By Paul Long

There are lots of tips on the Internet on how to be a good radio presenter, or that dreaded word ‘personality’. But my google search brought no answers to my question of why one would want to be a radio presenter. Whatever talent I may or may not have for Radio comes from listening to (and working with, after a long career as a BBC radio producer) some of the best presenters and none of their gift came from these Internet tips:


Mention the station’s name in every link.


One link, one thought.


Learn how to sell.


Develop yourself as a personality that's larger than the format you present, so that you can switch from Top-40 to Oldies as you get older.


In Britain, I grew up listening to presenters like John Peel, Johnnie Walker, Bob Harris, Richard Baker, Humphrey Lyttelton and of course Paul Jones, ultimately becoming his Radio 2 blues show producer for seven years. They all taught me that you have to believe in what you are saying and playing, as the audience can spot a fake a mile away. Be yourself - it’s easier to maintain than some showbiz personality. If you’re interviewing somebody, your second question should depend on the answer to the first one.


All these presenters - and more besides I’m sure - are genuine, love the music they play, are skilled communicators and make you feel like they are talking just to you. But the thing that also wins out over a Spotify playlist is that you trust them to curate the programme, to go through all the records and find the gems, to play you what you want, but also to play you things you have never heard - in the belief that you will find them to be as great as they do.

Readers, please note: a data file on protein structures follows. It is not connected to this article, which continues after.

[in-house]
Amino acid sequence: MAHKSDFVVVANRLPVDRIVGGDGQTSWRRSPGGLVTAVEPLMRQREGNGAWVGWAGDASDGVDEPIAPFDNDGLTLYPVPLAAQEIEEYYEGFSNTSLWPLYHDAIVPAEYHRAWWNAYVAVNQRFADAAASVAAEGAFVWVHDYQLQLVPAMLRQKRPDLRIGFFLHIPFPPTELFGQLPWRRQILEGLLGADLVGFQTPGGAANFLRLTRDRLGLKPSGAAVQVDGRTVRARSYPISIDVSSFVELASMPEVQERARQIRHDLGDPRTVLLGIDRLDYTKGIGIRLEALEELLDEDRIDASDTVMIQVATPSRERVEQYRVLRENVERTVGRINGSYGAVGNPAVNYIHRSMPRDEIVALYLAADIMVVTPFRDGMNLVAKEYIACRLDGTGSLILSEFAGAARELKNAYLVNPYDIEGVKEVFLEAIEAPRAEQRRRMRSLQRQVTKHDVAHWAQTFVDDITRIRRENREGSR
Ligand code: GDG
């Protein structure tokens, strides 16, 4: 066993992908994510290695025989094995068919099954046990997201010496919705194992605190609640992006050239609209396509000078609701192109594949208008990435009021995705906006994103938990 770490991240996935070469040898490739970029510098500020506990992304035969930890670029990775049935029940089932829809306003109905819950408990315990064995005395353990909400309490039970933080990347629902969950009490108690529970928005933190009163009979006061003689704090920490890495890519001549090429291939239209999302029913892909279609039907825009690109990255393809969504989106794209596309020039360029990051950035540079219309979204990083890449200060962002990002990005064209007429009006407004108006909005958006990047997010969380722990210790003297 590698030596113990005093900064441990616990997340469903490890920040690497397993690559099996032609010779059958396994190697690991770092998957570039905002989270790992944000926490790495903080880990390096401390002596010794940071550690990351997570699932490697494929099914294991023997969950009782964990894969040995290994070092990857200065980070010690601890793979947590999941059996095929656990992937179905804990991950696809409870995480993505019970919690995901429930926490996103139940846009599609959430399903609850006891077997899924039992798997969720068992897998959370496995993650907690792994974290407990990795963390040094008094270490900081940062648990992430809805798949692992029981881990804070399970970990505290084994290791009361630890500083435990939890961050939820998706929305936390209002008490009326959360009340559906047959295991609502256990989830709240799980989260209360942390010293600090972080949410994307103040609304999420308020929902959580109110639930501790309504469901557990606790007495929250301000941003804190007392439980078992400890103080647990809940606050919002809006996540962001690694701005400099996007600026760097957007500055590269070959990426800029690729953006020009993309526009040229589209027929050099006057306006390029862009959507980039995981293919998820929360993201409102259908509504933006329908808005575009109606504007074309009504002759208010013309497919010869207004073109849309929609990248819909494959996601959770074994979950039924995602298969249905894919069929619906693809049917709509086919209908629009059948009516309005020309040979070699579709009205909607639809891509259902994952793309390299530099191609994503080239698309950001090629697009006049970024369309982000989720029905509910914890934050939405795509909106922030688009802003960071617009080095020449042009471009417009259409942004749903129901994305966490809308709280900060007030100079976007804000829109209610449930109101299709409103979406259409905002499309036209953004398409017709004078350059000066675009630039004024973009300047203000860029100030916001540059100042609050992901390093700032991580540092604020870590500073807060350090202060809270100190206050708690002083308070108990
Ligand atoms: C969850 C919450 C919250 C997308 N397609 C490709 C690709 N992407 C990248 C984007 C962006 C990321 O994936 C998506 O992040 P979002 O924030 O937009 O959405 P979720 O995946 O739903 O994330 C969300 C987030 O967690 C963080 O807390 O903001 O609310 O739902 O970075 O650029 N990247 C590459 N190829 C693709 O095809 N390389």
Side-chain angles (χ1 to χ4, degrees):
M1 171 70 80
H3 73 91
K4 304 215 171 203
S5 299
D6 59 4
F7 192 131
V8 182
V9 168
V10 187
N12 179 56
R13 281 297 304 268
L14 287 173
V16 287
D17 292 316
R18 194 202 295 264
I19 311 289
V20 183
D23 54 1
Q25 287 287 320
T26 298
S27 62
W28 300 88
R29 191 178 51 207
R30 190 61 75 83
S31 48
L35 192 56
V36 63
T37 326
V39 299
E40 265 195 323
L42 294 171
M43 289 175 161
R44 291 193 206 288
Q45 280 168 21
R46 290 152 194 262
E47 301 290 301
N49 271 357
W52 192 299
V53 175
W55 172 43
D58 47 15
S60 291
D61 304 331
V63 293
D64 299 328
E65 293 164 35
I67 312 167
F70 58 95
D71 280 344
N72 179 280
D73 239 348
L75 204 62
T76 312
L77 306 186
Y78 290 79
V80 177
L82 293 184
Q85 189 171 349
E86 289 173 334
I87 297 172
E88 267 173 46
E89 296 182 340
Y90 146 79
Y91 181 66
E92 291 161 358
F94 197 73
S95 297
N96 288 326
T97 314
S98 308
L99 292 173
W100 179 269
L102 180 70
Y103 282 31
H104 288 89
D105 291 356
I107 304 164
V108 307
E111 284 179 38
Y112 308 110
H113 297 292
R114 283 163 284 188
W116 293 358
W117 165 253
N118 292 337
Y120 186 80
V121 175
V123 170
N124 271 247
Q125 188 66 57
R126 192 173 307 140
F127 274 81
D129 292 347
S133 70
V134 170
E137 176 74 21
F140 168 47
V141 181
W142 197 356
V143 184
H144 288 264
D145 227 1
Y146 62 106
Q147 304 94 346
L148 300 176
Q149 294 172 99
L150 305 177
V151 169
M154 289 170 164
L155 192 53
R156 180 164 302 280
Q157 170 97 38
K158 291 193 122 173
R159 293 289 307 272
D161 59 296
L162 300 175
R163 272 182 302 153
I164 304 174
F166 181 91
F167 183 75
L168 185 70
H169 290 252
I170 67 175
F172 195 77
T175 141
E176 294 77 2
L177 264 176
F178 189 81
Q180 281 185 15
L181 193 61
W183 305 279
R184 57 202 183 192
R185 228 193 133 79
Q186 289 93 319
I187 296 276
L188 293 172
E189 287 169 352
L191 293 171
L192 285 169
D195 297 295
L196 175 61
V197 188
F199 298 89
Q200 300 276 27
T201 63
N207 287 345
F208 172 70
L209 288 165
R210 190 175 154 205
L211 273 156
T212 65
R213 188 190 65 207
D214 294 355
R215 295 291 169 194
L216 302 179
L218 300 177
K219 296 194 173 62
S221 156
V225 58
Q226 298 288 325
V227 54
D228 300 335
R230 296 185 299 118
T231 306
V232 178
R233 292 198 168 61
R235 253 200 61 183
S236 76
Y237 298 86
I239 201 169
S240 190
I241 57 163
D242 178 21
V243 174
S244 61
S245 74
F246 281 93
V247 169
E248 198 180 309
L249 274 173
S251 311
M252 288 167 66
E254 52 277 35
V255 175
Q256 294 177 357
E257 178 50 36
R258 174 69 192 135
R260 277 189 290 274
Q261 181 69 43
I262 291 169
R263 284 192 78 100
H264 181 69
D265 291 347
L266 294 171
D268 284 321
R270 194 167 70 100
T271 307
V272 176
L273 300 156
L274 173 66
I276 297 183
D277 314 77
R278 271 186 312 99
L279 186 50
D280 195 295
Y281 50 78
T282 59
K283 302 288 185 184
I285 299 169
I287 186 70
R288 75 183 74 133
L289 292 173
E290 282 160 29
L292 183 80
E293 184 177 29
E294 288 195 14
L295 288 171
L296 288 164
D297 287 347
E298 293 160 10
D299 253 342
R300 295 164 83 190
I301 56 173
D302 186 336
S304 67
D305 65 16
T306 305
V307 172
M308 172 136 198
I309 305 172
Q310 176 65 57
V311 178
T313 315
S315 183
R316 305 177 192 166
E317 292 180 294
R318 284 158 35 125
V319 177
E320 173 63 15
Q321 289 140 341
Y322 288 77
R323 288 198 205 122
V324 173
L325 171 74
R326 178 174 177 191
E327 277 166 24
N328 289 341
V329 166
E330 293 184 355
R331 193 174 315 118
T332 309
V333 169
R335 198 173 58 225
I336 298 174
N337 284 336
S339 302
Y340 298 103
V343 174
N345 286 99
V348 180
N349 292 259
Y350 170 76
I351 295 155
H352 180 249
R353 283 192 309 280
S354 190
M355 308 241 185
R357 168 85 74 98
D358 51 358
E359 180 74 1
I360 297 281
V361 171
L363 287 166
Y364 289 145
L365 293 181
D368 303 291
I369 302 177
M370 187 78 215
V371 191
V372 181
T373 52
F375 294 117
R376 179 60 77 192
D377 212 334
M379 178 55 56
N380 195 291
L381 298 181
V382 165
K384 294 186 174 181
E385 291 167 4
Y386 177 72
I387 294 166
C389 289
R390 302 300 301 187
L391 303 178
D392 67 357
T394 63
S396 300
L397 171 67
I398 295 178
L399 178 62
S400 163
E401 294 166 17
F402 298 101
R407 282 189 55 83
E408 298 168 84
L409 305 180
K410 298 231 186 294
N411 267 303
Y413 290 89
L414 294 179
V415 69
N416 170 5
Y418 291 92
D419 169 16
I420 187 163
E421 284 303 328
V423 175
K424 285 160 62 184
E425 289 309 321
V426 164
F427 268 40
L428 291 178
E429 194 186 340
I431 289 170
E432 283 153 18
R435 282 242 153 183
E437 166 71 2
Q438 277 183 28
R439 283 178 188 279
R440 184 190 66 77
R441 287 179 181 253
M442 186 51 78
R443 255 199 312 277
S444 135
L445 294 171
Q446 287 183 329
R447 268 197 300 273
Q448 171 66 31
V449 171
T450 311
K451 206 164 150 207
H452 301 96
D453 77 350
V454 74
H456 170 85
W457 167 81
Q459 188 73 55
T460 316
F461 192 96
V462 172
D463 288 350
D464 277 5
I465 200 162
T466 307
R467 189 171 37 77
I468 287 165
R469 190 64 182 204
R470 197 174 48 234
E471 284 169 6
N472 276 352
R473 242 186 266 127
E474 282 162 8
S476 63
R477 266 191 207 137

These presenters were on national BBC networks and of course the BBC runs on different principles to commercial radio - no adverts breaking up the flow, no targets to meet and you have time to grow. This is I suppose possible in a publicly funded organisation with deep (but by no means bottomless!) pockets.


Over the last ten to fifteen years another side has been emerging, also not commercialised, and that has been the growth of internet radio and podcasting. A sort of democratisation, in that you don’t need access to big studios, transmitters, advertising or shareholders. Whilst producing Paul Jones I was looking around to see what other shows were out there and came across a podcast by Dave Raven, formerly of the British Forces Broadcasting Service, so a radio professional. But he was doing something different - a radio show not aimed at a mass market, although he grew to have a very large number of downloads and listeners, but targeted at a smaller niche of people who signed up for the download because they loved the sort of music he played. This is no longer a background, casual listener but somebody more motivated seeking out the show. Paul Jones and then Dave Raven were the two main influences on me wanting to present my own radio programmes - with Paul’s integrity and love of sharing the music, and Dave’s method of smaller, targeted radio being the inspiration. Now I am so pleased that my programmes are on Blues And Roots Radio, and I dare to hope that people who listen to my shows do so because they enjoy the music I pick. Roughly twelve tracks per show (of the hundreds of albums and downloads that come in) have to fight their way into each programme, so it is often not an easy process.


I mention all this as last month Dave Raven died. Not only was he a friend and an inspiration to me as a presenter, showing how this new medium could work, but he was also a friend to countless musicians he championed over the years. He was the mainstay of the IBBA (The Independent Blues Broadcasters Association in the UK), and a founding member of the UK Blues Federation. I’ll miss his weekly show from the houseboat on the Thames. Dave was an internet radio and podcast pioneer, as well as a lovely gentle man and we are the poorer without him.

Screen Shot 2019-04-25 at 11.51.31